Celebrating Food for Everyone
Since 1981, the focus of World Food Day has been to educate the public about global hunger problems. Heightened awareness encouraged parents to teach their children not to waste their food at meals over guilt that other families didn’t have food. However, such sentiments don’t solve the problems of world hunger. This is why another important aspect of World Food Day is to help teach impoverished families how to access valuable food sources – this includes home gardening techniques.
While not a public holiday, World Food Day is celebrated in several countries across the globe. The United States has been a big advocate of the holiday since its creation. Many schools have special lessons about the problems surrounding world hunger, and many science classes hold special gardening projects. Other citizens donate food items to shelters and kitchens on World Food Day. Activities also include walks to raise money for hungry families, as well as holding special dinners every October 16th.
When is Columbus Day?
Columbus Day, held every second Monday in October, commemorates the discovering of the American continents by Italian explorer Christopher Columbus. Columbus first arrived to the region on October 12, 1492. The world changed forever upon his discovery. While created out of good spirit, Columbus Day is one of the most controversial modern-day holidays.
Sailing the Ocean Blue
In 1492, Christopher Columbus became known as the first European to find the American continents. While later historical accounts have proven this claim to be false in many aspects, Columbus has long carried this credit throughout the centuries. Before his discoveries, Europeans didn’t know there were large land masses outside of Europe, Asia and Africa. Despite later controversies, this discovery was significant at this time in European history. It would later lead the way to the colonializing of what would eventually become the United States of America.
Evolution of Celebrations
Columbus Day has evolved over the decades from other types of celebrations. Christopher Columbus himself was of Italian ethnicity, which is why he is praised by many Italian-Americans residing in North and South America. People affiliated with this group in New York City celebrated Christopher Columbus in 1866. In 1869, Italian-Americans residing in the San Francisco area also first observed the early makings of what would later be called Columbus Day.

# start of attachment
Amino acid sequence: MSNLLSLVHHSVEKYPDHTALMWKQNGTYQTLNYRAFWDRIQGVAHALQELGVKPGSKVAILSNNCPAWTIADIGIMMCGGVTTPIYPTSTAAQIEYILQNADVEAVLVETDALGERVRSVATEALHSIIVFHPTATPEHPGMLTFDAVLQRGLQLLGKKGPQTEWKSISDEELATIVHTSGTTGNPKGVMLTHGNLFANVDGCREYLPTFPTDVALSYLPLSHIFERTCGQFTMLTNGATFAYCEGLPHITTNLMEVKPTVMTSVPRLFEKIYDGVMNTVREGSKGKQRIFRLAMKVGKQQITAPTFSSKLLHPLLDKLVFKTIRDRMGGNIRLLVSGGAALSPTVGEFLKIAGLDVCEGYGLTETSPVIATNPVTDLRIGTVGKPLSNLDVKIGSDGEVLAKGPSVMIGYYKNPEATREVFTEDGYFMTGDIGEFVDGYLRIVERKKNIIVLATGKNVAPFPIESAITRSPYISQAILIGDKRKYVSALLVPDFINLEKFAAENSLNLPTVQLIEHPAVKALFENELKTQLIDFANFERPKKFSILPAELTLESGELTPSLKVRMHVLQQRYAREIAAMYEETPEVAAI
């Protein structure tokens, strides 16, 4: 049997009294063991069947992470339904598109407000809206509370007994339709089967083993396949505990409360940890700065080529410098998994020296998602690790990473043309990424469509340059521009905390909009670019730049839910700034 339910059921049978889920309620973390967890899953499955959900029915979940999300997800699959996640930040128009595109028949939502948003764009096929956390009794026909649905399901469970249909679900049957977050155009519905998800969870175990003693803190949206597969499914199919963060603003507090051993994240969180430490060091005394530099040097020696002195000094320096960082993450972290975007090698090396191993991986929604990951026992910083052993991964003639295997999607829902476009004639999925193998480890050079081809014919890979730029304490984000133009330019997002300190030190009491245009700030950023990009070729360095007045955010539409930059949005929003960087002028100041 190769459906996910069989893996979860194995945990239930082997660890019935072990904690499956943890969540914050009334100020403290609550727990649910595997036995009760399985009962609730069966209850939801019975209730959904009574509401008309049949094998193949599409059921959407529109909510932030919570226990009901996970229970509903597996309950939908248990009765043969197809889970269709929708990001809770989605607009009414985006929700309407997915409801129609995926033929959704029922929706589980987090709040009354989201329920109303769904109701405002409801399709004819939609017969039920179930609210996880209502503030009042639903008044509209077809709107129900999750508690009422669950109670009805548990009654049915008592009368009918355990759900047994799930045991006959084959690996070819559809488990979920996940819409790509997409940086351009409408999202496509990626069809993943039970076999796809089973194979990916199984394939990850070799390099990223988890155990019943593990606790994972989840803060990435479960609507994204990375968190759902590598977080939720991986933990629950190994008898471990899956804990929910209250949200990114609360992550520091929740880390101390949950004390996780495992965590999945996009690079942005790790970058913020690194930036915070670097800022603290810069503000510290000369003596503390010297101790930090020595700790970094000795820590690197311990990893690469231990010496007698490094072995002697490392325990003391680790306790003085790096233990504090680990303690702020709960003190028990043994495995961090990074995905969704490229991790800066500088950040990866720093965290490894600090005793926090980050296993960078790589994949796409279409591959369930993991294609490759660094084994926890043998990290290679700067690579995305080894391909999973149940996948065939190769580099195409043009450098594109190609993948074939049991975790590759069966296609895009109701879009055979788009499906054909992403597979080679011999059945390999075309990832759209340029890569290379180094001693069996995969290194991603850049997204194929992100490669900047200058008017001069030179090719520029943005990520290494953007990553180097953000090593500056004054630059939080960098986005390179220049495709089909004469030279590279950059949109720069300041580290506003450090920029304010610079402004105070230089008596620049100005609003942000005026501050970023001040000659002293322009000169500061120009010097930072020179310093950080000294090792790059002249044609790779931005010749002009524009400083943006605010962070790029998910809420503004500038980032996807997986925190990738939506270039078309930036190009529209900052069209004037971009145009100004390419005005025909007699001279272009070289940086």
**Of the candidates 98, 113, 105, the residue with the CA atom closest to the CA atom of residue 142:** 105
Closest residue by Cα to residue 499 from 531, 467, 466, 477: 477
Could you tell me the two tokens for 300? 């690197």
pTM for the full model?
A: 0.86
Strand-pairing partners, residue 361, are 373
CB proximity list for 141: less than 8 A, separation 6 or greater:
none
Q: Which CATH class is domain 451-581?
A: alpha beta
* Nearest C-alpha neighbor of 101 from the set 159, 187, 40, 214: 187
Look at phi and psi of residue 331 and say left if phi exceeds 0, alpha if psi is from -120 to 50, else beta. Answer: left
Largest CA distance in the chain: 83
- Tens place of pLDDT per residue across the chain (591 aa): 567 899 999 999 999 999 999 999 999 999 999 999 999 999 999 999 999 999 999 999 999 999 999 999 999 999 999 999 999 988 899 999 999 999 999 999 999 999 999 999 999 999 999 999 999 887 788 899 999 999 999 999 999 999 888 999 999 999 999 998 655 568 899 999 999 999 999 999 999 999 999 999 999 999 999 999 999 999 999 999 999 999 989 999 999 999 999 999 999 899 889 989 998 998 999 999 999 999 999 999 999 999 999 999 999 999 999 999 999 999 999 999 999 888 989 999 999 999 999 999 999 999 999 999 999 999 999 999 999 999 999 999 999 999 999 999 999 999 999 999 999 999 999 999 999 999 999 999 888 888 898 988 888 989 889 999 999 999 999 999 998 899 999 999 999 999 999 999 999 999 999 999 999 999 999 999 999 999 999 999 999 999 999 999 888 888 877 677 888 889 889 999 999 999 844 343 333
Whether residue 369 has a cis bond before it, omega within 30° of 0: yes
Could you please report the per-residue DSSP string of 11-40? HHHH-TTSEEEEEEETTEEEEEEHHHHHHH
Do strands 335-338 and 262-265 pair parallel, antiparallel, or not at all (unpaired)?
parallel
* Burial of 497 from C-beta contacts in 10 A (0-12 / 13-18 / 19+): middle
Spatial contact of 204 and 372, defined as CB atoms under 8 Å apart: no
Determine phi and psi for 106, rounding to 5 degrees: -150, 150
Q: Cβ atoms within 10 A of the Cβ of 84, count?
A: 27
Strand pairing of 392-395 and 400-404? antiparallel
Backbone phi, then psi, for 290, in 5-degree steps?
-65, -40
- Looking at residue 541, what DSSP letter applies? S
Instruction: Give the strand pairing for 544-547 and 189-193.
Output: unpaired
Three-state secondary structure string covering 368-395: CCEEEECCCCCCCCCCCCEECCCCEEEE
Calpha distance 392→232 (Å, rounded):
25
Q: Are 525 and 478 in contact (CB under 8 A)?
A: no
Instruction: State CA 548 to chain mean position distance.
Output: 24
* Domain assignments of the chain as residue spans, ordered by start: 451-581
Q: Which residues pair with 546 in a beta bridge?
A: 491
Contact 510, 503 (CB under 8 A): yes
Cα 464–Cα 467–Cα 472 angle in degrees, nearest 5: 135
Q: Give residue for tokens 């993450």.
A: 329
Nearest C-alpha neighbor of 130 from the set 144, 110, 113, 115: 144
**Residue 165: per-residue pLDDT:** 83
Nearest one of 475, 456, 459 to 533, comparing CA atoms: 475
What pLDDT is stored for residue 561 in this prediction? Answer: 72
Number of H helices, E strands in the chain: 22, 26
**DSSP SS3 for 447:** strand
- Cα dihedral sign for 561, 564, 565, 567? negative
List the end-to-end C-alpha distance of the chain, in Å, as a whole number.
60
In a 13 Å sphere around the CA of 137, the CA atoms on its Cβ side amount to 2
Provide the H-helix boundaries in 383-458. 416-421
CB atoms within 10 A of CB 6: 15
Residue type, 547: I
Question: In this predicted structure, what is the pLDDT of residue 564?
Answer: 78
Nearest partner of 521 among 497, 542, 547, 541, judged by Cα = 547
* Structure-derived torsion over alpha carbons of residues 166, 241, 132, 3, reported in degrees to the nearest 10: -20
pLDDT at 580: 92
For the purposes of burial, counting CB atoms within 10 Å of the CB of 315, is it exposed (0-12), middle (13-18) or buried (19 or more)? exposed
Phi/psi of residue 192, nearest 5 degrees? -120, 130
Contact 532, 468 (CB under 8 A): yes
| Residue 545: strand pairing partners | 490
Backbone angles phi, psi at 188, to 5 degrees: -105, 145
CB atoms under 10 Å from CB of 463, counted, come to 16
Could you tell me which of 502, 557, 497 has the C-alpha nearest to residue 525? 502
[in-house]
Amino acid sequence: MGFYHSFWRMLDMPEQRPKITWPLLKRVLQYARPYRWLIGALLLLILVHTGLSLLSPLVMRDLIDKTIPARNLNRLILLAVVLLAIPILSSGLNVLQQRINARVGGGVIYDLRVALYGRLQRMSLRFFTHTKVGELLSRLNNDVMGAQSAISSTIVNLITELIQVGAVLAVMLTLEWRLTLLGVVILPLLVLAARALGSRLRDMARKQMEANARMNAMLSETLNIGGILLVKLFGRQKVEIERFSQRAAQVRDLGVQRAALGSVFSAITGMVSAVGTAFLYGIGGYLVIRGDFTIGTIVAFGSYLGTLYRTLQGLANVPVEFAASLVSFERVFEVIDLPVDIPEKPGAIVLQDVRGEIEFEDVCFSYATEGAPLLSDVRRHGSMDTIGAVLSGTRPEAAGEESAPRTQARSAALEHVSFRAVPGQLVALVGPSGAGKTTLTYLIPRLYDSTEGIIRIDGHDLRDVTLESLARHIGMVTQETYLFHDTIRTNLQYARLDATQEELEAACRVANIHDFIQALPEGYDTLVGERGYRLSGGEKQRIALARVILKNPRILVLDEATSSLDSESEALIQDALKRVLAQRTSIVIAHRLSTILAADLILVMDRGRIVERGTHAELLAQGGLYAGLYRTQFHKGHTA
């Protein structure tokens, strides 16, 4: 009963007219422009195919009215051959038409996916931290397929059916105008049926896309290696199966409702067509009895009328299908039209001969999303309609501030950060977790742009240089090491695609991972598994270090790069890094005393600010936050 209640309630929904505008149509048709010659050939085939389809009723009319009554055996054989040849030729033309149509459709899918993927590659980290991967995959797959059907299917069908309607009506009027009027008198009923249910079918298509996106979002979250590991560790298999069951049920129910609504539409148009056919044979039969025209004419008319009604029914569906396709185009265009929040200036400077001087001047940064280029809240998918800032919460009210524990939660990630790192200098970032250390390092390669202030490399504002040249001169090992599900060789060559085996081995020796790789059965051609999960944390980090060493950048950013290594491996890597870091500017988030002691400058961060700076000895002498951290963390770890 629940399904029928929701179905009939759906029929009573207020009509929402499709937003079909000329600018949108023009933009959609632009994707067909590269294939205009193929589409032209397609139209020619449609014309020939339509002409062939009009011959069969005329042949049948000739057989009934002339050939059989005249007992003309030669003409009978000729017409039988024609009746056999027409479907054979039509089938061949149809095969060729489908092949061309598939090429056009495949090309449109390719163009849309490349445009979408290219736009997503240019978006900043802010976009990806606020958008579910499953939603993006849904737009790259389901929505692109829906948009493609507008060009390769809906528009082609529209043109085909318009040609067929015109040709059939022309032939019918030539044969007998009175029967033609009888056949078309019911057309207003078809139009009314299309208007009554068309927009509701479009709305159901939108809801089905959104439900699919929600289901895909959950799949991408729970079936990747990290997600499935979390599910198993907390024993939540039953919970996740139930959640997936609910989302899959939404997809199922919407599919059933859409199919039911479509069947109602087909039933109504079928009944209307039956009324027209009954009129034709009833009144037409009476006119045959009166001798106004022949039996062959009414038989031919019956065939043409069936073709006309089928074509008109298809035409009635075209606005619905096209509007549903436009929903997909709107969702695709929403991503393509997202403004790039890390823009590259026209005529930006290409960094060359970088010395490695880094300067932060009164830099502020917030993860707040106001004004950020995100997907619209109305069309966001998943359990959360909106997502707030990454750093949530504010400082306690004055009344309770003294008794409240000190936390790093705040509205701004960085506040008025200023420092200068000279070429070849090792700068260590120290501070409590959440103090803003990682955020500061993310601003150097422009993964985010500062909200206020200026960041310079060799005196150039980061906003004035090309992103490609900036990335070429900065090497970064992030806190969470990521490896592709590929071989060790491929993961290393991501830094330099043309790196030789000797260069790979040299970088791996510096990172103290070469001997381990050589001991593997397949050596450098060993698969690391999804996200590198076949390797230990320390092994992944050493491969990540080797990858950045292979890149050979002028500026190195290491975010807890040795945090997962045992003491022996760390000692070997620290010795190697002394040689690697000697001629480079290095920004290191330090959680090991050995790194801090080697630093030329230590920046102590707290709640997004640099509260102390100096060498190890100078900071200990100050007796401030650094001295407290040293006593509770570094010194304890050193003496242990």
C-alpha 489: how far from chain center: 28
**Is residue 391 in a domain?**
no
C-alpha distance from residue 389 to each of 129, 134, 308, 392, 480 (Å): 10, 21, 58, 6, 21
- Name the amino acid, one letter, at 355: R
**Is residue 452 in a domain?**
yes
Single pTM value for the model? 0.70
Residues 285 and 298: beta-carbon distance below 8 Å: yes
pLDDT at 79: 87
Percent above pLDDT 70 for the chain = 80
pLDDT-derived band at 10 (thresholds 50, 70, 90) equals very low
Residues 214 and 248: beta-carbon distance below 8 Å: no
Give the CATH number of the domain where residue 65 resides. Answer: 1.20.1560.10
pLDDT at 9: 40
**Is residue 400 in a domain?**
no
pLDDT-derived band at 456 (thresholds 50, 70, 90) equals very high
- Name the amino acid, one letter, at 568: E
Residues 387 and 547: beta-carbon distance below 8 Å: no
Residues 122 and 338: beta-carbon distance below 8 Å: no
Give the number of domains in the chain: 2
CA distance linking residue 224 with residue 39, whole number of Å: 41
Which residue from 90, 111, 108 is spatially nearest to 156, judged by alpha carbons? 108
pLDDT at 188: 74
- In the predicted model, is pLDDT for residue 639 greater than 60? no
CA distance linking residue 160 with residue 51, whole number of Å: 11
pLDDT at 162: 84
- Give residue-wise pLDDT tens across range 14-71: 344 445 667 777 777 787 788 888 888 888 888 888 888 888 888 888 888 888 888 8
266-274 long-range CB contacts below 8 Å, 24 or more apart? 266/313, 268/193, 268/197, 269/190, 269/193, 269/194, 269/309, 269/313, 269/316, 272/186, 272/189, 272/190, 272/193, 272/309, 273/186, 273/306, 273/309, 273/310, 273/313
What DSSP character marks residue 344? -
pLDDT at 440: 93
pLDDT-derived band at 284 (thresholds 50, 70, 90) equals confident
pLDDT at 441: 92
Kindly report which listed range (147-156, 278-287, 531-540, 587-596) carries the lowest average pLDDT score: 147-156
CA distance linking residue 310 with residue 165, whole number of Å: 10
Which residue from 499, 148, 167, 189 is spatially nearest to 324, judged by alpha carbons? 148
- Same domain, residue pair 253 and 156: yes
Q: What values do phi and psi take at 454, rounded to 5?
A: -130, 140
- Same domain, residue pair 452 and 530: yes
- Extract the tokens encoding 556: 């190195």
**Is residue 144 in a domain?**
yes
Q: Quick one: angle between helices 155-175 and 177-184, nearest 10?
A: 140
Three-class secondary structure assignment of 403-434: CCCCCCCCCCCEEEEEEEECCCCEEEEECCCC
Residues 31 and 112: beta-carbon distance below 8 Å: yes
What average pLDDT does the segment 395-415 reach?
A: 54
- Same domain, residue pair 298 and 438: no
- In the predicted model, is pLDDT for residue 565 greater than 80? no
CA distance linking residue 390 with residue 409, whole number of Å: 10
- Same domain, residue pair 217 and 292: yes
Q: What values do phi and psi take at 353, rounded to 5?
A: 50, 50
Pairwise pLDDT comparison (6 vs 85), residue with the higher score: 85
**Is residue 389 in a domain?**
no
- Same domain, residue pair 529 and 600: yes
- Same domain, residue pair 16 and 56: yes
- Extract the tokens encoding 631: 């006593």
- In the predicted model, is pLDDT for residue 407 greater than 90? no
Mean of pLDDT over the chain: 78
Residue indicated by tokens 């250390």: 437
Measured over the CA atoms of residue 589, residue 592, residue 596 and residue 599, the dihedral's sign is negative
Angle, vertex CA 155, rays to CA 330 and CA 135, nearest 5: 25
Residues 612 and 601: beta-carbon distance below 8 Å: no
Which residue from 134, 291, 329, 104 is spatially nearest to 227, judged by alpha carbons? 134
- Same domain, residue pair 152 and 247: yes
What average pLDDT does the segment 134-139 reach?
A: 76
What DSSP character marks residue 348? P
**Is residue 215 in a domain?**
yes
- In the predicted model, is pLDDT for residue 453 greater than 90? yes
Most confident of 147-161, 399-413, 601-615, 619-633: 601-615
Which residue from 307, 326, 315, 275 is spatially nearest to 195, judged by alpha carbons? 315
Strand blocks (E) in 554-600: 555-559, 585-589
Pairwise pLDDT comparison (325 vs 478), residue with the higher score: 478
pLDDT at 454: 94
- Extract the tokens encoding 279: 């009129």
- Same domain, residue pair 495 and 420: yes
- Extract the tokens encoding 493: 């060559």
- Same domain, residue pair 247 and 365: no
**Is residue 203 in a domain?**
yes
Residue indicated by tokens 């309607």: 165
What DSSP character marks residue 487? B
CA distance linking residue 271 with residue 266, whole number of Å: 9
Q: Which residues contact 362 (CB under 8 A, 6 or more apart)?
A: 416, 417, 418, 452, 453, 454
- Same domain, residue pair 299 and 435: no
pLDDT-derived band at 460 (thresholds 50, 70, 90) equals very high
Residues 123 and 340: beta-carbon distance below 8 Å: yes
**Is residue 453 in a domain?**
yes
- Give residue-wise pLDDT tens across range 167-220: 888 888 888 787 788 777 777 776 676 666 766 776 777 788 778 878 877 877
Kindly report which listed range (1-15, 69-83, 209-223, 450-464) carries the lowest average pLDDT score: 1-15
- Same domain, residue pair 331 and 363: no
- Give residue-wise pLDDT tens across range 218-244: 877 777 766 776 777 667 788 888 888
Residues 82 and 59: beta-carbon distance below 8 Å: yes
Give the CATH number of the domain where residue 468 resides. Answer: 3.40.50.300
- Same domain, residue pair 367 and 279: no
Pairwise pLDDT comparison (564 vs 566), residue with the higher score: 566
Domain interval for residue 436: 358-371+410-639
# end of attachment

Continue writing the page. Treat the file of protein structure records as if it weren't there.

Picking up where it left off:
In the late 19th century, discoveries were continuing to be made in the western portion of the country. It’s no surprise that the original discoveries of Christopher Columbus were often thought of. The 400th anniversary of the original discovery date was observed in 1892. Just over a decade later, the state of Colorado started celebrating Columbus Day every October 12th. In 1934, President Franklin D. Roosevelt expanded legislation to make it a national holiday. To make celebrations easier, Columbus Day was officially moved to the second Monday in October beginning in 1970.
Traditionally, Columbus Day is a federal holiday. This means that the government is not in session during this time. Most public schools and banks used to be closed on this holiday as well; however, as of recent years, many businesses and local governments don’t consider Columbus Day a public holiday.
The most common form of celebrations are that of discovery. Many historians argue that we live in a global community today thanks in part to the efforts of explorers of the past. While there aren’t any major land masses to discover today, the spirit of exploration rings true to many people – even more so on Columbus Day.
While exploration is certainly an integral part of our history, there are many arguments against celebrating Christopher Columbus. There’s no denying the fact that when early Europeans discovered the Americas that native peoples were displaced. As a result, communities were often destroyed, and many other cultures wiped out, leaving no traces for history books to capture. This sad fact is the dark side of the discoveries made by Columbus. Others argue that too much credit is given to Columbus, as he didn’t make it around the entire perimeter of the Americas.
Due to such controversies, many local and state governments have modified Columbus Day. For example, the state of Hawaii observes the holiday as “Discoverer’s Day.” Alaska does not recognize the holiday at all. Other states have transformed the holiday to remember the indigenous people who Columbus came across when he first came to the Americas. For example, South Dakota recognizes “Native American Day,” and Wisconsin knows Columbus Day as “Indigenous People’s Day.”